The Standard American Diet: Downstream Revenue For The U.S. Health Care System

I once heard someone say that the standard American diet (high in fat, sugar, salt and processed foods) was a mechanism for providing downstream revenue to the country's health care system. Two recent reports add to the mounting evidence about how this strangely destructive system involving both food and agricultural chemicals works.

One report focuses on the effects of eating soybean oil. That oil is one of the most ubiquitous ingredients in packaged food, and it makes up the lion's share of cooking oils. To test this assertion, next to time you shop for groceries, read the labels of the packaged food and cooking oils you buy (unless you are already careful to avoid soybean oil—in which case you'll have to read labels on things you wouldn't dream of buying).

So, what did the report find? "[S]oybean oil not only leads to obesity and diabetes, but could also affect neurological conditions like autism, Alzheimer's disease, anxiety, and depression." Now, that really does spell lots of revenue for the medical system. The study notes that "soybean oil is by far the most widely produced and consumed edible oil in the U.S., according to the U.S. Department of Agriculture."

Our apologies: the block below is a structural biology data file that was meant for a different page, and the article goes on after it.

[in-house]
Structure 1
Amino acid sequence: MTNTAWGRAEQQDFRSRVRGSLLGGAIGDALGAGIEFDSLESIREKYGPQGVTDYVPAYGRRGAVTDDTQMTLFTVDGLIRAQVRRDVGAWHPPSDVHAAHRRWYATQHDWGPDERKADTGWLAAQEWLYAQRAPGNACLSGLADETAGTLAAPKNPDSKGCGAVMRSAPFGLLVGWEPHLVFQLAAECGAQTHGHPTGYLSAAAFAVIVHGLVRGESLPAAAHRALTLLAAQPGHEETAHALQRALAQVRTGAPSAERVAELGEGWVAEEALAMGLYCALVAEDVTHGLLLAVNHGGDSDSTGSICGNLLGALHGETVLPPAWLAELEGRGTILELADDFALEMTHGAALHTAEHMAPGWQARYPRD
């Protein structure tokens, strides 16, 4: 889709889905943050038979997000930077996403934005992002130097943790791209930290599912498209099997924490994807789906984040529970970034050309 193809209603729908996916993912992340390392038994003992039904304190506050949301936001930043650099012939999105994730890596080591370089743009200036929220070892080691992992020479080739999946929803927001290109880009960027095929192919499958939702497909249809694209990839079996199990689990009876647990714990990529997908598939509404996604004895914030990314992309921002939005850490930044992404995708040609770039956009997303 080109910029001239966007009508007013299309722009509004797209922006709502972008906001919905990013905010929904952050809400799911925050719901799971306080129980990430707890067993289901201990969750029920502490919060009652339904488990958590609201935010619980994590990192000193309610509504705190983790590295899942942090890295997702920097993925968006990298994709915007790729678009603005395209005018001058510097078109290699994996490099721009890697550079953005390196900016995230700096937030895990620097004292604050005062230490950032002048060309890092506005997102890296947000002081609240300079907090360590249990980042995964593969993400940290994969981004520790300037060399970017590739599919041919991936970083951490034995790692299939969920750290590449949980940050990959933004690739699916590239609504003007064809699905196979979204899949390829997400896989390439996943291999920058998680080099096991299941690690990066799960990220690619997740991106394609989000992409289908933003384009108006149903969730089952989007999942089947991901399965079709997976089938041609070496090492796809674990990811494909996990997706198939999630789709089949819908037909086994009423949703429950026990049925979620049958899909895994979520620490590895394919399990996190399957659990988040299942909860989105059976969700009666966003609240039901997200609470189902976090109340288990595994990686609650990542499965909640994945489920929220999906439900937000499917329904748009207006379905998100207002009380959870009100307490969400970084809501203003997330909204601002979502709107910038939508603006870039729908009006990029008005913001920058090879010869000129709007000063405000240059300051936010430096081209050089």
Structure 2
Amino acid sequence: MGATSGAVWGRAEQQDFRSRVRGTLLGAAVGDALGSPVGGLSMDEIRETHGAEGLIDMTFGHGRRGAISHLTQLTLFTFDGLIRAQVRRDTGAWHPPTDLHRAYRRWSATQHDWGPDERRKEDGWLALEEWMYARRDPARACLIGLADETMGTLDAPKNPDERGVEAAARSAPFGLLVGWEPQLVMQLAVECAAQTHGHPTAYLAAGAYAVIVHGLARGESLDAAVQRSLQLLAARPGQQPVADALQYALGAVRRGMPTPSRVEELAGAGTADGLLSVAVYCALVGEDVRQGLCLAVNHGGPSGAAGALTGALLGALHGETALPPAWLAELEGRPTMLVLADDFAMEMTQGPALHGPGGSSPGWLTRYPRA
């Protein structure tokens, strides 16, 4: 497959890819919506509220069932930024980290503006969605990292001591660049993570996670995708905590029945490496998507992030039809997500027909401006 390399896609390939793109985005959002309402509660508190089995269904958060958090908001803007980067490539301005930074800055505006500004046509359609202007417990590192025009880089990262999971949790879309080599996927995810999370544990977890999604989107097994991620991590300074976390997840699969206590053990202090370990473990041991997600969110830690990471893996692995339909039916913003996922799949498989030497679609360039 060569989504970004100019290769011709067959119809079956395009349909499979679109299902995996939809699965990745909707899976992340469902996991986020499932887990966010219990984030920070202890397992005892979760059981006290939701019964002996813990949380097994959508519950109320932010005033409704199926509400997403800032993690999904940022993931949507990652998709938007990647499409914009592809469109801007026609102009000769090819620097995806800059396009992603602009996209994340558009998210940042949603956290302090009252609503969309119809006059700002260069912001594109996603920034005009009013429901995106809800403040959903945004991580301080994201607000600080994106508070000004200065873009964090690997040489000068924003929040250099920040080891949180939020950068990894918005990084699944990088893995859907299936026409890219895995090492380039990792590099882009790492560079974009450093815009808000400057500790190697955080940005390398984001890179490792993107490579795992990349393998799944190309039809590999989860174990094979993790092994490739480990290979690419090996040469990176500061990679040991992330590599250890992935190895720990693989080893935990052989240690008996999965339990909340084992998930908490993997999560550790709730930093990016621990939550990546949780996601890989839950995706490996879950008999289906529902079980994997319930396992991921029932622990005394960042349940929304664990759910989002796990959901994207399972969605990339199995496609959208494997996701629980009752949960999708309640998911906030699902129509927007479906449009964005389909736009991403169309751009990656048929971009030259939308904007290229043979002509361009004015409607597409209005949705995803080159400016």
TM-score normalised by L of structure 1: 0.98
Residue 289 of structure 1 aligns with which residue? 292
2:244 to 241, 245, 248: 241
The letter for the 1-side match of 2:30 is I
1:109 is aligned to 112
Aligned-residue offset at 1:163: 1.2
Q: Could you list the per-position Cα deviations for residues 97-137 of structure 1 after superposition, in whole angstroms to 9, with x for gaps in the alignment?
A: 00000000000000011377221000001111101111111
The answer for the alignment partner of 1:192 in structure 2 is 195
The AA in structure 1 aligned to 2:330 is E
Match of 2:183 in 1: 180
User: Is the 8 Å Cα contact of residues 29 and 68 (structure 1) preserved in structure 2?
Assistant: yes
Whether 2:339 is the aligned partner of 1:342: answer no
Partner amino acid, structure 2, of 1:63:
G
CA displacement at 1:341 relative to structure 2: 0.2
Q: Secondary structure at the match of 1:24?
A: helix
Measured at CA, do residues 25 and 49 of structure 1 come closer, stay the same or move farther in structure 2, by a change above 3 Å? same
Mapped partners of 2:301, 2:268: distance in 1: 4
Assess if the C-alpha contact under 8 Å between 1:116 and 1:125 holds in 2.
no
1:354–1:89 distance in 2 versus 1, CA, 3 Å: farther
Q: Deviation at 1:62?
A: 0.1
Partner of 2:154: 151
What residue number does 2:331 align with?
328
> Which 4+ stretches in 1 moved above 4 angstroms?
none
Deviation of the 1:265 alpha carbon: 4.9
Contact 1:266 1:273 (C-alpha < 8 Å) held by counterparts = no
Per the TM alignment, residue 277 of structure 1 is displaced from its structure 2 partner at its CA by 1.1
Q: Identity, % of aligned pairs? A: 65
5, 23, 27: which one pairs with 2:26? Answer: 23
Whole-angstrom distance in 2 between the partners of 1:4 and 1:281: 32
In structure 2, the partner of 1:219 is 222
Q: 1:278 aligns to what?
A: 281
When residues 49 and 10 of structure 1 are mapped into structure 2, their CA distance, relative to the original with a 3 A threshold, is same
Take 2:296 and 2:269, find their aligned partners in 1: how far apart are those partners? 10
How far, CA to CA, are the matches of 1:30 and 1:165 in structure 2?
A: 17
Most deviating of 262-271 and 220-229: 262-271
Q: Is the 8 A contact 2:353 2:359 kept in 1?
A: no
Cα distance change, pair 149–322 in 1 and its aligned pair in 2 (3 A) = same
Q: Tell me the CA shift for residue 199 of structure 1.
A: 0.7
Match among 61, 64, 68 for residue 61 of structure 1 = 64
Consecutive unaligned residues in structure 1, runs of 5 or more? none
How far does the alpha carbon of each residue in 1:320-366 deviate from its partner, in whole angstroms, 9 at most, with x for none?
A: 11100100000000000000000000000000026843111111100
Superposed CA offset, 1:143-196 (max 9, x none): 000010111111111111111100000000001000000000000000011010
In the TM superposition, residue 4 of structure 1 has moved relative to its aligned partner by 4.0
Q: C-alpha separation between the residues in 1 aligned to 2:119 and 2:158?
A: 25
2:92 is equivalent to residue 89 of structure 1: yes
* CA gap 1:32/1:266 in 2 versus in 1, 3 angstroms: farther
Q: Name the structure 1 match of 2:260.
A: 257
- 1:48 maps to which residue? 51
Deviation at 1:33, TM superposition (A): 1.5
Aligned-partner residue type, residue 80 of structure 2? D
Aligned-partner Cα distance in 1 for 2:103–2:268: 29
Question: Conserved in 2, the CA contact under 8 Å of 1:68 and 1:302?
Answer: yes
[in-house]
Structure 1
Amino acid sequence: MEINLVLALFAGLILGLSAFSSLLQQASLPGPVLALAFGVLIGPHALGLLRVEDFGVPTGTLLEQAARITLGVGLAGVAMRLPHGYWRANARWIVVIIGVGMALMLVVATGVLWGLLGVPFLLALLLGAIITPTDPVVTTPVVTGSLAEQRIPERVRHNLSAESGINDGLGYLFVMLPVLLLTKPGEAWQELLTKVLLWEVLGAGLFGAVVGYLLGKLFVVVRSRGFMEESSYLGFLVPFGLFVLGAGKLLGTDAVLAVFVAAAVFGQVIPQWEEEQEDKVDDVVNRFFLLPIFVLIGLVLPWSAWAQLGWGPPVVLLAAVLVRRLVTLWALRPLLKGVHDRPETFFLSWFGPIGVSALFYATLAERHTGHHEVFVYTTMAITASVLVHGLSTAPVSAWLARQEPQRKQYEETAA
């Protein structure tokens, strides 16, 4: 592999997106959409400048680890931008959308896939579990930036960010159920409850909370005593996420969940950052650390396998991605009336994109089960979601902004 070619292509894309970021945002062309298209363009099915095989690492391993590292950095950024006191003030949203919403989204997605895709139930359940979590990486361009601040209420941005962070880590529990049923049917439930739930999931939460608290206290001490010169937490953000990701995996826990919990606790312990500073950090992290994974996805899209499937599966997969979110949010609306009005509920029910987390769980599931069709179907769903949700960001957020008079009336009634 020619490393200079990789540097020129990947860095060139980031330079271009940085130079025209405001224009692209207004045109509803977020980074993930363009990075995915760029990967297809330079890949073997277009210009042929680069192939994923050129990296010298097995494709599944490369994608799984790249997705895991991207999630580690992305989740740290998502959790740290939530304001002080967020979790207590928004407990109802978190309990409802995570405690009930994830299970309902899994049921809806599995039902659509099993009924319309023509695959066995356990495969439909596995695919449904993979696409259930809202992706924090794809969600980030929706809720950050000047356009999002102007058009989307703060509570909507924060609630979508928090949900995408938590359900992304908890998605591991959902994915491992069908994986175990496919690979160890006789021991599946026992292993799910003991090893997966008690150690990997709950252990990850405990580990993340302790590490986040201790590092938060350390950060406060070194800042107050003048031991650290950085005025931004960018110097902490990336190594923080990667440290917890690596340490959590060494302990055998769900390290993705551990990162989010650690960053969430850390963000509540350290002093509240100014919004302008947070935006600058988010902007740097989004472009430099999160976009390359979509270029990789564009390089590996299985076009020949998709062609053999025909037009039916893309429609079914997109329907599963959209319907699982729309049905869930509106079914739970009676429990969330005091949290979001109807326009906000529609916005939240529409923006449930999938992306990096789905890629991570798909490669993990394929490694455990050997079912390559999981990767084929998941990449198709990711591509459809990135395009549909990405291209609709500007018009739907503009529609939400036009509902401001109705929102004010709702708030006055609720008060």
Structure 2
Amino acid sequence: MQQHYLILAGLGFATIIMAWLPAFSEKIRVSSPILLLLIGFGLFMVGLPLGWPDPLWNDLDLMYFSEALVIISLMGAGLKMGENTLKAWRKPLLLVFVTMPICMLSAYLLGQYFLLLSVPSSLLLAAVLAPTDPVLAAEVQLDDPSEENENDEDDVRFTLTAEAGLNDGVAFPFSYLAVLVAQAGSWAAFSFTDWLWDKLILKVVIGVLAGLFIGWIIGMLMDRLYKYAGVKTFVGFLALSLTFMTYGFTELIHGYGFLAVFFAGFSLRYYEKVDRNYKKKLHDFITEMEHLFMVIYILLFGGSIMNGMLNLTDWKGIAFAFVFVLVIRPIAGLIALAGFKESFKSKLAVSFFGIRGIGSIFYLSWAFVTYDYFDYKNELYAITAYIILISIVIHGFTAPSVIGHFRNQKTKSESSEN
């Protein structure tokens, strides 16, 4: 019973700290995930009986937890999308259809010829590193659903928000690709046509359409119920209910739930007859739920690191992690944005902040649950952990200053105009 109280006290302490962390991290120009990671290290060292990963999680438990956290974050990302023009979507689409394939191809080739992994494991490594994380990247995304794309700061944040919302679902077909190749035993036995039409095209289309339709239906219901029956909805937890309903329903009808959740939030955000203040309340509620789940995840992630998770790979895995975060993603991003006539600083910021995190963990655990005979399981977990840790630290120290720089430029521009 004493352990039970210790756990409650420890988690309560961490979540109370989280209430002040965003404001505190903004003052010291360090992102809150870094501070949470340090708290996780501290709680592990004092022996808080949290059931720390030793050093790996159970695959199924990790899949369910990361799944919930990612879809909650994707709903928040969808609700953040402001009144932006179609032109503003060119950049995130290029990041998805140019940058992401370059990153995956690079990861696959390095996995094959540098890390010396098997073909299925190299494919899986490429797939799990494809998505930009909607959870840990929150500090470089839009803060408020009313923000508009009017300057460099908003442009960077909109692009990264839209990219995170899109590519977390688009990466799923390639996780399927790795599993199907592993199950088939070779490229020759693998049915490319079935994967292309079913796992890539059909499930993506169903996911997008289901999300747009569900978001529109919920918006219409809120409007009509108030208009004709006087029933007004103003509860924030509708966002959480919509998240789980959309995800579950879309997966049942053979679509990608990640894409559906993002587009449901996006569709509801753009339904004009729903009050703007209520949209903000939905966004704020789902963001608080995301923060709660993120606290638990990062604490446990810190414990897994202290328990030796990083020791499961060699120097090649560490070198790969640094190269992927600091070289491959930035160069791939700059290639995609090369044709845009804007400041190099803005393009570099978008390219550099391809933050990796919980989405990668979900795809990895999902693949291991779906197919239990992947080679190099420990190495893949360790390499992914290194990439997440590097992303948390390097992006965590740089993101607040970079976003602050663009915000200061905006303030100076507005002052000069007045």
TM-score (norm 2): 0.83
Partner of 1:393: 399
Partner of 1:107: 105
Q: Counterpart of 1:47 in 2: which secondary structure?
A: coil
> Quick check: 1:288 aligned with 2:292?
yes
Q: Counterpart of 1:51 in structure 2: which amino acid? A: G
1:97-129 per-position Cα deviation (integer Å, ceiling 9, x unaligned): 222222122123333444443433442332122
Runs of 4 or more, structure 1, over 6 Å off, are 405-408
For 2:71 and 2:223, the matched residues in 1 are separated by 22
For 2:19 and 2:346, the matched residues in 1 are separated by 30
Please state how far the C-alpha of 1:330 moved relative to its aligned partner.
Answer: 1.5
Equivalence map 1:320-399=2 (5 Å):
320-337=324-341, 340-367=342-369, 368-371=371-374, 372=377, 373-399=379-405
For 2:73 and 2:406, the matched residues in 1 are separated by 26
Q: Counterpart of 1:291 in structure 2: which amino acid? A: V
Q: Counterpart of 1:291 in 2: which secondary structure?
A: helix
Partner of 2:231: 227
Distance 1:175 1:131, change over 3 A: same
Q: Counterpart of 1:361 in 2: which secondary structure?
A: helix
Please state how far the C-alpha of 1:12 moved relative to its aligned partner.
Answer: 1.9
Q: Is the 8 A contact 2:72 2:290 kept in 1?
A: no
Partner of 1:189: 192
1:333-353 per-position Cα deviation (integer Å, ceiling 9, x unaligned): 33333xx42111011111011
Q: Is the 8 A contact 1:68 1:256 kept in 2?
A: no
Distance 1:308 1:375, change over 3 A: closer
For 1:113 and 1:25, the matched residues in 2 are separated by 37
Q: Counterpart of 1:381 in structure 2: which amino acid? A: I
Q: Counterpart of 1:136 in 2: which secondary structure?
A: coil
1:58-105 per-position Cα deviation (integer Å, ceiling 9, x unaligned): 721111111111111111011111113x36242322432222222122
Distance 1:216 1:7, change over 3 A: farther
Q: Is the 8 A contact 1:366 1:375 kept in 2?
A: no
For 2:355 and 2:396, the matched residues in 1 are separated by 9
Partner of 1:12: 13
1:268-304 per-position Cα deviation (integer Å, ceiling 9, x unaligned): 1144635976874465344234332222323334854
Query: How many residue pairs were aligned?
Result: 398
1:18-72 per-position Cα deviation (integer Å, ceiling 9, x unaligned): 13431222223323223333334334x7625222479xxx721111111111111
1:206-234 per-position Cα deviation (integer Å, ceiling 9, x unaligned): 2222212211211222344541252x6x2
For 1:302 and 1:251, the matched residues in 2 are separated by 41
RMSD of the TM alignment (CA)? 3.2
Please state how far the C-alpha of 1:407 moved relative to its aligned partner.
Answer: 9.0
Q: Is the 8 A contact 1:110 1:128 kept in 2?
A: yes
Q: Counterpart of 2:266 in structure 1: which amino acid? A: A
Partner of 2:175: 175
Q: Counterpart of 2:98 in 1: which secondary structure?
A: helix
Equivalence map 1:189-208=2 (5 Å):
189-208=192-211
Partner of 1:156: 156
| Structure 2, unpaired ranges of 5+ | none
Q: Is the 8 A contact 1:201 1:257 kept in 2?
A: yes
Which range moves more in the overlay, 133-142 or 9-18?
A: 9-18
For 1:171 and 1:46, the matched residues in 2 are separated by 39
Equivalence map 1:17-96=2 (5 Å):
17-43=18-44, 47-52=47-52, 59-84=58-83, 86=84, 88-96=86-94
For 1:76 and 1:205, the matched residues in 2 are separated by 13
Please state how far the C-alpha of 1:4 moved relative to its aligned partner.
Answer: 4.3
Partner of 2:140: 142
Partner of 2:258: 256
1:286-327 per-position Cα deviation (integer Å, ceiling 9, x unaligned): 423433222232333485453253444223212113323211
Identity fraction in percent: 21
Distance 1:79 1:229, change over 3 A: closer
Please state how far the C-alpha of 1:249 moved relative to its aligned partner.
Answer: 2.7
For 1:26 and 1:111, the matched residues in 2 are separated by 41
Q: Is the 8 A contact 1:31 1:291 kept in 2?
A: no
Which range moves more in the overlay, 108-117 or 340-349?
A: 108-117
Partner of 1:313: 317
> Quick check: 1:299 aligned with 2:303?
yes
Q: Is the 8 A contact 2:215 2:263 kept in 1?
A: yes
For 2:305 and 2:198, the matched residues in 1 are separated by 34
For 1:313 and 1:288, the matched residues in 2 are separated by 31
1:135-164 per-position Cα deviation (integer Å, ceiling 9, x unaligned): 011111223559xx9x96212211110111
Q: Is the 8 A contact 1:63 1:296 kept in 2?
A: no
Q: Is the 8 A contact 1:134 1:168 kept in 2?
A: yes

If you already know that ancient Romans used leaden cups to drink from—the Romans said it improved the flavor of wine—think back to when you first read or were told about that practice. I thought to myself, "How could they be that foolish? How could they not see what happened to people who worked in lead mines?" Upon reflection I realized that slaves worked in the lead mines, so their condition wasn't very visible to ordinary free Romans.

Now I realize our civilization is poisoning itself through both its food and its containers (see below for containers). In fact, we seem to have supercharged the practice with the proliferation of processed foods containing unhealthy ingredients like soybean oil laced with man-made agricultural chemicals dispersed in the environment for our "benefit." This site estimates that there are now more than 150,000 man-made chemicals of all types loose in our world. (We also seem to be experts at polluting the water we drink and the air we breathe, but those deserve pieces all by themselves.)

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Kurt Cobb is an author, speaker, and columnist focusing on energy and the environment. He is a regular ...

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